Combo Work: You’re probably sweating up a storm by now, even though it might look to an outsider like you are doing nothing. If anyone in your household dares suggest you are doing nothing, you have the right to punch them, I promise. Combo work involves the use of light handheld weights, ranging in size from 1 – 5 pounds, and it lasts for 10 minutes. I have never seen anyone use the 5 pound weights – I usually use 3, and most people in class use 2 or 1. The motions are repetitive and your shoulders get fatigued really quickly. Some instructors up the cardio aspect a lot more than others and will have you doing what seems like acrobatics while you fling those weights around. By this point, I am drenched in sweat and am asking myself why I keep coming back to this place. I am cursing every time the instructor says “8 more!…Oops, I lost count!” Things like “Jesus take the wheel” go through my head a lot. Bonus points if the instructor LOVES the look of misery on your faces and just cheerfully yells louder at you, as our Monday afternoon instructor loves to do.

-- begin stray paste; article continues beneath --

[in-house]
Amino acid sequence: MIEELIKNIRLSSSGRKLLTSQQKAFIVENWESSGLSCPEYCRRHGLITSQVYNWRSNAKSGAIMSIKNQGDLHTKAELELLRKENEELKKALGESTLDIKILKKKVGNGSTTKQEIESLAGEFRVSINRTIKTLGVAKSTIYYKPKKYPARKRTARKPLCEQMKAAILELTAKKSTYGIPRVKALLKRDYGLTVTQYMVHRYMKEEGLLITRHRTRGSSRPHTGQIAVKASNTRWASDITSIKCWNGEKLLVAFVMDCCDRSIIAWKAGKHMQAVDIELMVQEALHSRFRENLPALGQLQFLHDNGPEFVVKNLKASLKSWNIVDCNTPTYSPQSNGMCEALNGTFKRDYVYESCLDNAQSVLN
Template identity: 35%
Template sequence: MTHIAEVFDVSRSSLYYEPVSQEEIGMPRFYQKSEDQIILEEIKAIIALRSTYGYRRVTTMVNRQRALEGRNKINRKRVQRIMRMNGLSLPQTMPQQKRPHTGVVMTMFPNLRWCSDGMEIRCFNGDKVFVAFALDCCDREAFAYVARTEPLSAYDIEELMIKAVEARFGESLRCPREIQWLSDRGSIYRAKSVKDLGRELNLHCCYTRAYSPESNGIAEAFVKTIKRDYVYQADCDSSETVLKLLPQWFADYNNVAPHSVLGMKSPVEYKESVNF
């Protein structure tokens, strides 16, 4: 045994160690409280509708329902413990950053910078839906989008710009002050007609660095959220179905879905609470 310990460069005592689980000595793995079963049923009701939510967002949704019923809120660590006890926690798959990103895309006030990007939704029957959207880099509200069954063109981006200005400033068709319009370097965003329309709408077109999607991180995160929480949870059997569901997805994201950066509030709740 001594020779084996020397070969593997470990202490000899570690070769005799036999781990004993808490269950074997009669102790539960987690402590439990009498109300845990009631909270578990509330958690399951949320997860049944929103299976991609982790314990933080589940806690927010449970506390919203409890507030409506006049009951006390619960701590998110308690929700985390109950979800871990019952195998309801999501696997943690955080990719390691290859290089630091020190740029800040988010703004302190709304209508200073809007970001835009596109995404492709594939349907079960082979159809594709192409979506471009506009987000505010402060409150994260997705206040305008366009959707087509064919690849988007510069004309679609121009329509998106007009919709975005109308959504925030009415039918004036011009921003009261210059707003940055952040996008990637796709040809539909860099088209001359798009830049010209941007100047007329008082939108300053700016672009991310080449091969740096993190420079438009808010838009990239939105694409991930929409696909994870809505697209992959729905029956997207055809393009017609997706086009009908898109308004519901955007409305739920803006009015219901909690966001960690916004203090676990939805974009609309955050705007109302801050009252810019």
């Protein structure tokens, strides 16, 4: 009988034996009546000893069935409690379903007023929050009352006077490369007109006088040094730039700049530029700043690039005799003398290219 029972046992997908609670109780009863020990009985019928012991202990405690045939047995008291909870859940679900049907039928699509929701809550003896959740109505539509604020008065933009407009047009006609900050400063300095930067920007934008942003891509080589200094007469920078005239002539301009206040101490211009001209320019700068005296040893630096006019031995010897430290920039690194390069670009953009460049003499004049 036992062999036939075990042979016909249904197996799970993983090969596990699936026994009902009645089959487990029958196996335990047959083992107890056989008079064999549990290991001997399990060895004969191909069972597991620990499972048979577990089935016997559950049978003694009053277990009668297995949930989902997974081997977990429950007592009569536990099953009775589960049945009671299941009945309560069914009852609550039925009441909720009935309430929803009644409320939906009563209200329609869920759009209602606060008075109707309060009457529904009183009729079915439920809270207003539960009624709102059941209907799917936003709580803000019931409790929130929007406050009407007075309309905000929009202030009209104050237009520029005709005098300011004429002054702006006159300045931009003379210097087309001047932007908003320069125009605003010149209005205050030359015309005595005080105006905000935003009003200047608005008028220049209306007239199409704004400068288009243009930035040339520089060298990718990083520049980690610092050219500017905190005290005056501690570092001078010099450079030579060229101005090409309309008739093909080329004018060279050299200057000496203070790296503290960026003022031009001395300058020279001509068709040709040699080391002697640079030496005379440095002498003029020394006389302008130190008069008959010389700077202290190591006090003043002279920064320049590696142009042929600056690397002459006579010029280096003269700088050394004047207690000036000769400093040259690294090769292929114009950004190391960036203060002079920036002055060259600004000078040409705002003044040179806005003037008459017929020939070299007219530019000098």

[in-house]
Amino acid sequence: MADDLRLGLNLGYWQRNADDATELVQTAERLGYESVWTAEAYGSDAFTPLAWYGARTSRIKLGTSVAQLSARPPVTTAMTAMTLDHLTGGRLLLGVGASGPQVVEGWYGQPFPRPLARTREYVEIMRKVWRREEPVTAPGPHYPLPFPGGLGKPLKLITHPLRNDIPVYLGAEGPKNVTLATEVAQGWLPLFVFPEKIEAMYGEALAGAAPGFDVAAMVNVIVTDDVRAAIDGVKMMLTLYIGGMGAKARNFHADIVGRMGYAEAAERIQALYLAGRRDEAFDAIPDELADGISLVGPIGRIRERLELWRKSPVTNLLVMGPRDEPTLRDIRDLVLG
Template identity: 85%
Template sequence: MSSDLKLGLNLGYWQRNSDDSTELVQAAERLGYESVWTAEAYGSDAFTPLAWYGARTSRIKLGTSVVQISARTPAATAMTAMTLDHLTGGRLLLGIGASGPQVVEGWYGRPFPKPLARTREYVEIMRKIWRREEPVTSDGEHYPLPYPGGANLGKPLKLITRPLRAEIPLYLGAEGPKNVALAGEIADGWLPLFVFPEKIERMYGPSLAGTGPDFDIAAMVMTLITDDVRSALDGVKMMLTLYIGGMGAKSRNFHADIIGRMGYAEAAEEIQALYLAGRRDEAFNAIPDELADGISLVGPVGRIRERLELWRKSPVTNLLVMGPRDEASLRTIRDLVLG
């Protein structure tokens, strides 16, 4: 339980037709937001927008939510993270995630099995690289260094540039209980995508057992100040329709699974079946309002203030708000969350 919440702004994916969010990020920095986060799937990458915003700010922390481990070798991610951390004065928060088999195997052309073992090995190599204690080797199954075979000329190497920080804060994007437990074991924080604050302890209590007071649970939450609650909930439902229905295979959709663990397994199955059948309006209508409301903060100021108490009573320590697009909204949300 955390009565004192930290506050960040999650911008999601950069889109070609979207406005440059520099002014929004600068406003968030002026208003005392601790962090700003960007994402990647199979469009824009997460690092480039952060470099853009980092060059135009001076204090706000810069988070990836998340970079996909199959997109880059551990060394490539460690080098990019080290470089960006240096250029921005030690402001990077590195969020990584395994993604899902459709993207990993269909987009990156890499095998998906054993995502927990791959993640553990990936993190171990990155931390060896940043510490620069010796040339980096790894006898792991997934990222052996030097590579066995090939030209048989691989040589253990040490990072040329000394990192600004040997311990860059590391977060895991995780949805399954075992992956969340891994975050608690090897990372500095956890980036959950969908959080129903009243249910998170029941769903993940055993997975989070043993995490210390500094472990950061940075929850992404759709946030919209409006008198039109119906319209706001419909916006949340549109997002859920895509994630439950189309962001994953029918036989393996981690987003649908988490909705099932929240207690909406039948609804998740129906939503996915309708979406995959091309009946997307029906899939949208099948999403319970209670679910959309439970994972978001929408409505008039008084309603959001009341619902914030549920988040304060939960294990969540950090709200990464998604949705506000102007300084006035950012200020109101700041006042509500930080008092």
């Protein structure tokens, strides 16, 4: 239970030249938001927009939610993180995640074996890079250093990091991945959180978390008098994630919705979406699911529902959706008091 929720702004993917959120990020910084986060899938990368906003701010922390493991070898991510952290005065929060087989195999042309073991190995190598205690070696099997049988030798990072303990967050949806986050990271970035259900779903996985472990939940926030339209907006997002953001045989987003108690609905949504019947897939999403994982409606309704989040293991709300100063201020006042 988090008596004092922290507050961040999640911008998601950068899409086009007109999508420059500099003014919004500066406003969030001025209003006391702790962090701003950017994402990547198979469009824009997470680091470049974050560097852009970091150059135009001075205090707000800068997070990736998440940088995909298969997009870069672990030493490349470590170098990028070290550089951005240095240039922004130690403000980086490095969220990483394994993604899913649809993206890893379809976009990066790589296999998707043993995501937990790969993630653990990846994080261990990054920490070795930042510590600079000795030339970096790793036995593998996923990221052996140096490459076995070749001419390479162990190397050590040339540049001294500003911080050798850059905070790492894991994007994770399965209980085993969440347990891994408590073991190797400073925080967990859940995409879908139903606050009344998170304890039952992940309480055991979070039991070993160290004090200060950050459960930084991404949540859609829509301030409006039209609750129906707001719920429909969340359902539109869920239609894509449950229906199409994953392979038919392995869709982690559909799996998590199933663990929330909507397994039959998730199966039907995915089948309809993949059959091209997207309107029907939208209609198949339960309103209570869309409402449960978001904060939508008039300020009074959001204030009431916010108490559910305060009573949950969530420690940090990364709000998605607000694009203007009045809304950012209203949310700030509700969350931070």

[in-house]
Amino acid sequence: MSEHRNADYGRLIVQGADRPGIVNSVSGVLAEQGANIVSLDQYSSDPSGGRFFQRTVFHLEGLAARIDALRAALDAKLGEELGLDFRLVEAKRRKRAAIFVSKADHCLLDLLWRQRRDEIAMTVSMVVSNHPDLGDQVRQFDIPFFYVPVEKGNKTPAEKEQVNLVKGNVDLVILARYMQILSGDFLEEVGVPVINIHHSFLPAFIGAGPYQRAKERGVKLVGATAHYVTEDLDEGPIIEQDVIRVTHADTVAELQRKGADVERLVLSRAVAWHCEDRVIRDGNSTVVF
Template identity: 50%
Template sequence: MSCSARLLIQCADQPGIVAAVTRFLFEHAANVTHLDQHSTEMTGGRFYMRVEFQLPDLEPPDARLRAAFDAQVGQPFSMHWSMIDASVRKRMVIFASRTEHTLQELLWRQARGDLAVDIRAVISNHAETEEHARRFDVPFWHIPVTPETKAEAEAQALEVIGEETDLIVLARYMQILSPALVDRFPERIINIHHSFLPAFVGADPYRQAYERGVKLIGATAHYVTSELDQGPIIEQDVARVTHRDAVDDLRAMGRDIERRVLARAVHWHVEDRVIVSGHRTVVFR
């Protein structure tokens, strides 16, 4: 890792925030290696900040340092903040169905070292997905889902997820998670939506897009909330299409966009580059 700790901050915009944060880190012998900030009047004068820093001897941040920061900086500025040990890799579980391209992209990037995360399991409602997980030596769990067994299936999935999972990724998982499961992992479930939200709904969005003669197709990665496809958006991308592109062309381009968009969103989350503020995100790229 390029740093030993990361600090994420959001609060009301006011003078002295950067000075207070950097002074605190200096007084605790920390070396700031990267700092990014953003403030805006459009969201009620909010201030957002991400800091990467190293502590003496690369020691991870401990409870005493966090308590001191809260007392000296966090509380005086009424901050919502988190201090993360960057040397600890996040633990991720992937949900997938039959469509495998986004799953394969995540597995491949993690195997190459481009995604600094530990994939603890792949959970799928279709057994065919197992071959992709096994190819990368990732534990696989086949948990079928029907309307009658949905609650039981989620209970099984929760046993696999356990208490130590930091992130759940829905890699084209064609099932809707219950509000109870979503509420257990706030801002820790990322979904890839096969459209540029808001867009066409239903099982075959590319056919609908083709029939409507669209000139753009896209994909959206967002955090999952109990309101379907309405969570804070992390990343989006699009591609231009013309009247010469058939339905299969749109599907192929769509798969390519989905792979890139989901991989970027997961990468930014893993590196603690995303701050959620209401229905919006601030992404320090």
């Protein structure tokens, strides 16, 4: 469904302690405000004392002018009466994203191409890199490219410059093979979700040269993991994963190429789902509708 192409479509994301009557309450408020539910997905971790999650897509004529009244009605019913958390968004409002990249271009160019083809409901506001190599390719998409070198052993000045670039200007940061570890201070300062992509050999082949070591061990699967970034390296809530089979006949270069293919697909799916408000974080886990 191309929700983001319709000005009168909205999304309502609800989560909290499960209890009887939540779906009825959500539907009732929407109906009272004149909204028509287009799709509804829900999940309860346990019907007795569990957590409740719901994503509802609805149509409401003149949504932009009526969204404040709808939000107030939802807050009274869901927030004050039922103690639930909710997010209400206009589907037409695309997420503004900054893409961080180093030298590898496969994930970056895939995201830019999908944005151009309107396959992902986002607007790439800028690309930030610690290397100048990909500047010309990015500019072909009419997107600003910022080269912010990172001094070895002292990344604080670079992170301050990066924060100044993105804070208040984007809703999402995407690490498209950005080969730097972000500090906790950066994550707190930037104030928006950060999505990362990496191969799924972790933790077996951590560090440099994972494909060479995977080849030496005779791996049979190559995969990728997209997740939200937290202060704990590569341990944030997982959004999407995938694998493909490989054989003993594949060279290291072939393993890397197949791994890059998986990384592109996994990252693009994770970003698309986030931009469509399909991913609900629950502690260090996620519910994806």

Seat Work: Better known as glute work, seat work is my favorite part of barre. I think I love it the most because this is the point in the workout where the instructor finally agrees to turn the fans on and I stop feeling quite so much like I’m about to die. Seat work is also 10 minutes long and is done either standing, on a mat, or, if your instructor feels especially mean, with your back on the mat and your feet on the barre. I just realized that sentence sounds really dirty and laughed for like 5 minutes straight, please excuse me. Standing seat work can be kind of hard on my lower back, so I have to take modifications sometimes. Oh, that reminds me – modifications! One thing I love about Barre3 is that modifications are wholeheartedly encouraged. Our instructors are always telling us to “make it your own” and giving us ways to modify the basic movements to be either more or less challenging, or to accommodate injuries, pregnancies, etc. You are never made to feel bad for using a modification or taking a break, and I love that. I also love the buns of steel I have developed from this class.